1974 Cadillac Fleetwood Talisman: Maximum Broughamage

My friend and fellow Cadillac fanatic Jayson Coombes urgently texted me a link to this triple orange (technically Andes Copper) 1974 Cadillac Fleetwood Talisman the other day, the Broughamiest Brougham that ever Broughamed. Though no Brougham nomenclature was found on this Fleetwood special edition, available only in 1974, 1975 and 1976.

This one is currently being auctioned off on Hemmings, and has met its reserve of $20,000 already. A really remarkably nice example, judging from the photos.

I’ve always liked these, thanks to the Pocket Cars toy version I had in blue as a kid. I also had a mini-me Continental Mark IV and Mustang II Ghia. Explains a lot, doesn’t it?

At first I thought this was Terra Cotta Firemist, but the auction itself said it was Andes Copper, and reviewing my ’74 Cadillac colors, it appears they are correct. Though I do have a 1/24th scale 1974 Eldorado coupe in Terra Cotta. It’s similar, but unsurprisingly more orange.

And of course I love all the giant, unnecessarily large yet so compelling Cadillacs made from the Fifties through the late Seventies. And had I been around back then, this one would be a magnet drawing me into whatever Cadillac showroom held this particular example.

The ’74 is extra special as it has the distinction of being the largest, plushest four-seat Cadillac of 1974, as both the front and back seats hold large center consoles-also tailored in plush velour to match.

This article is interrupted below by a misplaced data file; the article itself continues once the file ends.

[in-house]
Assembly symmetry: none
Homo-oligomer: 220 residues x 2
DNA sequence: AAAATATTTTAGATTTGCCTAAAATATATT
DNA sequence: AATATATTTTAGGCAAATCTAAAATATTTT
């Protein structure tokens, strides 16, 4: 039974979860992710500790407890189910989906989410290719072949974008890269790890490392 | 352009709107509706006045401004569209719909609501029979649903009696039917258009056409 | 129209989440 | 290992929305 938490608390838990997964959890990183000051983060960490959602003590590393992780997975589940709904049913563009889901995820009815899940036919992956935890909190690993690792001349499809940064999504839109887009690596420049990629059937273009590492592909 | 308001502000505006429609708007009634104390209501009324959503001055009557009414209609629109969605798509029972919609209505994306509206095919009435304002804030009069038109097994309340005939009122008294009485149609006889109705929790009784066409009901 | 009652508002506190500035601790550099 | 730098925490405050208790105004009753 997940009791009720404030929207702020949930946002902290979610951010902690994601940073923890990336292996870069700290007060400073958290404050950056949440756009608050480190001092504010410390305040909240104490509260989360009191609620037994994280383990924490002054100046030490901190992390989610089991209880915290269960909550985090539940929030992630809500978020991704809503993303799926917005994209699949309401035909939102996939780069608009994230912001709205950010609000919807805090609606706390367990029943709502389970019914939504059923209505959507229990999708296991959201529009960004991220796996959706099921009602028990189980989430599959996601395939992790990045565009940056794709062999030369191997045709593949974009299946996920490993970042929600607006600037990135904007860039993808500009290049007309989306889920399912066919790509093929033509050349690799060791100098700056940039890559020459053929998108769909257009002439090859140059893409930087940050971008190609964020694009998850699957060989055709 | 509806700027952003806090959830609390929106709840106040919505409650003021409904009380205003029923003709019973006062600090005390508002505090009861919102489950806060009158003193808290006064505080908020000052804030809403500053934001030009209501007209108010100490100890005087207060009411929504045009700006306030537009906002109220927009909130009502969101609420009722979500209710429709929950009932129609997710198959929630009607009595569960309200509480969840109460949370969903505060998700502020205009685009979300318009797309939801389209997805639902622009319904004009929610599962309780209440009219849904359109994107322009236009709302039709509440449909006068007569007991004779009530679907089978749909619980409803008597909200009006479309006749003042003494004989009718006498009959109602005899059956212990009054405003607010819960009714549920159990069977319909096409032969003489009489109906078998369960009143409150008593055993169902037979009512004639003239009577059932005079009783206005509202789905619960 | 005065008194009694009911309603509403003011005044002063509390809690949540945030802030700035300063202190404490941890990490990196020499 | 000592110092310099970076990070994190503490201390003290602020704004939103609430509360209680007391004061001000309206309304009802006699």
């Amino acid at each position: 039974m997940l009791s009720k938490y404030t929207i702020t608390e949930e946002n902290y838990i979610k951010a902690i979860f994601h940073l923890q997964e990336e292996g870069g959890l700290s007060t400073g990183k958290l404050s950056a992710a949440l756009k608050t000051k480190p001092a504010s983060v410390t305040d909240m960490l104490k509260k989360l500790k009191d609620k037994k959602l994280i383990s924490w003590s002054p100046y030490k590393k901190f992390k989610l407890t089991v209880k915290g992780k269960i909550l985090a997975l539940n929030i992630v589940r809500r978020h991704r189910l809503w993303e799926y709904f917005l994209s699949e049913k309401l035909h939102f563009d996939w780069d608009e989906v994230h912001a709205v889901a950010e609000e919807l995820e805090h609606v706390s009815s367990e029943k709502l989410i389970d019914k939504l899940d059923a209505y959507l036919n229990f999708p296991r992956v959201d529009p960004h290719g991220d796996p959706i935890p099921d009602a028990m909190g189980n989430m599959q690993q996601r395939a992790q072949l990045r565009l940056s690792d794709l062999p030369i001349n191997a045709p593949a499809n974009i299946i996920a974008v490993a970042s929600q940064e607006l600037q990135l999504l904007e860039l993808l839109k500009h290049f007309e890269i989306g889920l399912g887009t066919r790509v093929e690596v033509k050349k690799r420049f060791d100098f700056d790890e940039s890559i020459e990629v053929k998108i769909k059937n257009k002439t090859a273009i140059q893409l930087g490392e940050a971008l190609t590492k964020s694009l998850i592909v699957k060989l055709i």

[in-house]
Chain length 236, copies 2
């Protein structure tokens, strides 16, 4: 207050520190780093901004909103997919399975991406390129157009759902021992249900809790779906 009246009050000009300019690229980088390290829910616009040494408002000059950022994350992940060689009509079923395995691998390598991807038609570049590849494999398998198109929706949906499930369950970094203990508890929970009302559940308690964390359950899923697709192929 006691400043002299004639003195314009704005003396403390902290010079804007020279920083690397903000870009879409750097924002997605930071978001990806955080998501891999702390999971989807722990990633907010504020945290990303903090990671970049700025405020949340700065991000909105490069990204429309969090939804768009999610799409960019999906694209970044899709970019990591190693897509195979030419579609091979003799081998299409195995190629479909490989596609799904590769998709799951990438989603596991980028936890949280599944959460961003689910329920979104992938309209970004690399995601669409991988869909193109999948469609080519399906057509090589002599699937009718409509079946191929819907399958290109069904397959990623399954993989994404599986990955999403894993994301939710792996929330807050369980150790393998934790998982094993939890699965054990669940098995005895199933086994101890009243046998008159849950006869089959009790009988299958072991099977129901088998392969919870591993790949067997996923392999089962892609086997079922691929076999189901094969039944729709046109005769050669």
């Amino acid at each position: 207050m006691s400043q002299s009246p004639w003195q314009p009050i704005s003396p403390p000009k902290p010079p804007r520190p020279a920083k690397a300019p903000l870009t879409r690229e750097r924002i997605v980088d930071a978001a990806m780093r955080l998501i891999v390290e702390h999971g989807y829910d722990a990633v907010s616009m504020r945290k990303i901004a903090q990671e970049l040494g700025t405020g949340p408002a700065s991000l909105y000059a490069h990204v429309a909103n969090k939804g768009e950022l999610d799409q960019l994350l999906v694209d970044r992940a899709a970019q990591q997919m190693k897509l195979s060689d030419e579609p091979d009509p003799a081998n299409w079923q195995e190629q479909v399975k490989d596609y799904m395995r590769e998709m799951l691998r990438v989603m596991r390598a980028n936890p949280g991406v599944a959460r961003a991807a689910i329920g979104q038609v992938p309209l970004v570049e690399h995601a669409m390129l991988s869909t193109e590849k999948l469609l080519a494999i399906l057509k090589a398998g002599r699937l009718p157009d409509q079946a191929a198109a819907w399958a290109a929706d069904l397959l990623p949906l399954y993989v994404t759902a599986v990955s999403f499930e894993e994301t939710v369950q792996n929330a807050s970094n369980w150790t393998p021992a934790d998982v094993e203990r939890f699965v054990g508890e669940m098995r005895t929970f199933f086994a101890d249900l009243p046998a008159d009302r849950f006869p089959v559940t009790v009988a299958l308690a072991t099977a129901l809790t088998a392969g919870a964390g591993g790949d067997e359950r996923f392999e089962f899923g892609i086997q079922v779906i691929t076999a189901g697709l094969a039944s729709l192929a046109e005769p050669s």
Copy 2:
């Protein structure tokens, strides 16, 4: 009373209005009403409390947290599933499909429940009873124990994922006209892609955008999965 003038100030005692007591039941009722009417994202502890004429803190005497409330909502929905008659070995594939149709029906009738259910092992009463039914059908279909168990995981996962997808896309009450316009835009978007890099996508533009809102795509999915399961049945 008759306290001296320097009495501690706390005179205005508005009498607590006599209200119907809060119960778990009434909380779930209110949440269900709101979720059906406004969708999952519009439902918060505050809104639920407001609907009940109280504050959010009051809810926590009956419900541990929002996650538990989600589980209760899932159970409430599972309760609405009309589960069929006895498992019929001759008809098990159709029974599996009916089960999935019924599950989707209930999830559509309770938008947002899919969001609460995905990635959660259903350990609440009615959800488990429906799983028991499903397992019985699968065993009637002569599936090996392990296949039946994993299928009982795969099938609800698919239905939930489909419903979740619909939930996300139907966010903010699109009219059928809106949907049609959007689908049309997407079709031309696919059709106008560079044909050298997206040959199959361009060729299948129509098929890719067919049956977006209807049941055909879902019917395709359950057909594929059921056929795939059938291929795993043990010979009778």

According to the seller, quoted on Hemmings: “I have owned the car since December 2010. I acquired it out of the estate of the original owner who took deliver at Delaware Cadillac in the fall of 1973 and kept the car until his passing in 2010. I then had the car restored in early 2011 and continually improved it every year.”

There’s still approximately eight days left on the auction, so if this trips your trigger, check it out. At any rate it will be interesting to see what the final selling price will be!

32 Replies to “1974 Cadillac Fleetwood Talisman: Maximum Broughamage”

  1. LynnG

    Tom, thanks for posting Earl’s car… I already let Jack know he should be a buyer for this one. However anyone in the Riverside Green family of contibutors that needs a three ton/20+foot long four seat car, this is the ticket. It has been completely sorted out. I know this car and it makes my Talisman look like a poor relative. Brougham on….

    Reply
  2. John C.

    What a spectacular car. To think that we so loath the men our fathers and grandfathers were, that 47 years later the low build number top of the line built specifically for the best of them has yet to even get close to the original price adjusted for inflation. Powerful evidence that we either don’t measure up or have been distracted by false Gods.

    Reply
    • stingray65

      Did the greatest generation also loath their fathers and grandfathers when “classic” V-12, V-16, and Straight 8 Packards, Cadillacs, Pierce Arrows, Auburns, Marmons, Lincolns, Chryslers, and even Duesenbergs and Rolls sedans and limos languished on low end used car lots at dirt cheap prices, or gathered dust in barns or rotted in cow pastures in the 1940s to 1960s?

      Reply
      • John C.